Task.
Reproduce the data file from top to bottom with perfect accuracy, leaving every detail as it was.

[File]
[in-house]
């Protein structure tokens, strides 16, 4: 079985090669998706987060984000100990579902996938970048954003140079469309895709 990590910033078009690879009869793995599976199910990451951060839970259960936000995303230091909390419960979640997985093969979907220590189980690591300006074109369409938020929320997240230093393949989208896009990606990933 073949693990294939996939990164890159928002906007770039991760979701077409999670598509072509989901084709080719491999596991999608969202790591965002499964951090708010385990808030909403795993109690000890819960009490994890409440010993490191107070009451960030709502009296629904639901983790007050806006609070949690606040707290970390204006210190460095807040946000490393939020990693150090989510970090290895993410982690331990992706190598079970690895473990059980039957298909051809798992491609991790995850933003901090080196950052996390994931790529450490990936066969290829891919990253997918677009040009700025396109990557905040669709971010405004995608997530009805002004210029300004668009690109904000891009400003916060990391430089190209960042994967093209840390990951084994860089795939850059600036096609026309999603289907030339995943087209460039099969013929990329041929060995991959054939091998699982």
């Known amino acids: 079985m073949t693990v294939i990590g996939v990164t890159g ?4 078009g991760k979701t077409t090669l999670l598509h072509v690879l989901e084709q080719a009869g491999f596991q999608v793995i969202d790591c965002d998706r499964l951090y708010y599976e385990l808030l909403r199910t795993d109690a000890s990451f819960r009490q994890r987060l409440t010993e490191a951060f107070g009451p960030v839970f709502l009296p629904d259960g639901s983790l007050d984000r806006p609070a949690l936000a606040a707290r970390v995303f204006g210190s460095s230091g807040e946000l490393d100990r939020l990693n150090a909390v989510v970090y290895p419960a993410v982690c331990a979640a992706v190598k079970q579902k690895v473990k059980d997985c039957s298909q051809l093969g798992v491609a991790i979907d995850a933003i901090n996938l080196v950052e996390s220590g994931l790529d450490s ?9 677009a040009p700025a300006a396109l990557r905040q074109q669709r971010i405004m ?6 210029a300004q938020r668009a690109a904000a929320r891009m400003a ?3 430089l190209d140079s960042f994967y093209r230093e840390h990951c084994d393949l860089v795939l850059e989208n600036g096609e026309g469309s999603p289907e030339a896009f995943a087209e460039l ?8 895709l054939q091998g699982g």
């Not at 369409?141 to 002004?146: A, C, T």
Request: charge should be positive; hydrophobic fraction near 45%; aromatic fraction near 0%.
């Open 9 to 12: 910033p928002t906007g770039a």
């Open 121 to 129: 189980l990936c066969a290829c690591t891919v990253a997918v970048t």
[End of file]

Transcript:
[in-house]
């Protein structure tokens, strides 16, 4: 079985090669998706987060984000100990579902996938970048954003140079469309895709 990590910033078009690879009869793995599976199910990451951060839970259960936000995303230091909390419960979640997985093969979907220590189980690591300006074109369409938020929320997240230093393949989208896009990606990933 073949693990294939996939990164890159928002906007770039991760979701077409999670598509072509989901084709080719491999596991999608969202790591965002499964951090708010385990808030909403795993109690000890819960009490994890409440010993490191107070009451960030709502009296629904639901983790007050806006609070949690606040707290970390204006210190460095807040946000490393939020990693150090989510970090290895993410982690331990992706190598079970690895473990059980039957298909051809798992491609991790995850933003901090080196950052996390994931790529450490990936066969290829891919990253997918677009040009700025396109990557905040669709971010405004995608997530009805002004210029300004668009690109904000891009400003916060990391430089190209960042994967093209840390990951084994860089795939850059600036096609026309999603289907030339995943087209460039099969013929990329041929060995991959054939091998699982």
């Known amino acids: 079985m073949t693990v294939i990590g996939v990164t890159g ?4 078009g991760k979701t077409t090669l999670l598509h072509v690879l989901e084709q080719a009869g491999f596991q999608v793995i969202d790591c965002d998706r499964l951090y708010y599976e385990l808030l909403r199910t795993d109690a000890s990451f819960r009490q994890r987060l409440t010993e490191a951060f107070g009451p960030v839970f709502l009296p629904d259960g639901s983790l007050d984000r806006p609070a949690l936000a606040a707290r970390v995303f204006g210190s460095s230091g807040e946000l490393d100990r939020l990693n150090a909390v989510v970090y290895p419960a993410v982690c331990a979640a992706v190598k079970q579902k690895v473990k059980d997985c039957s298909q051809l093969g798992v491609a991790i979907d995850a933003i901090n996938l080196v950052e996390s220590g994931l790529d450490s ?9 677009a040009p700025a300006a396109l990557r905040q074109q669709r971010i405004m ?6 210029a300004q938020r668009a690109a904000a929320r891009m400003a ?3 430089l190209d140079s960042f994967y093209r230093e840390h990951c084994d393949l860089v795939l850059e989208n600036g096609e026309g469309s999603p289907e030339a896009f995943a087209e460039l ?8 895709l054939q091998g699982g």
């Not at 369409?141 to 002004?146: A, C, T």
Request: charge should be positive; hydrophobic fraction near 45%; aromatic fraction near 0%.
């Open 9 to 12: 910033p928002t906007g770039a």
């Open 121 to 129: 189980l990936c066969a290829c690591t891919v990253a997918v970048t």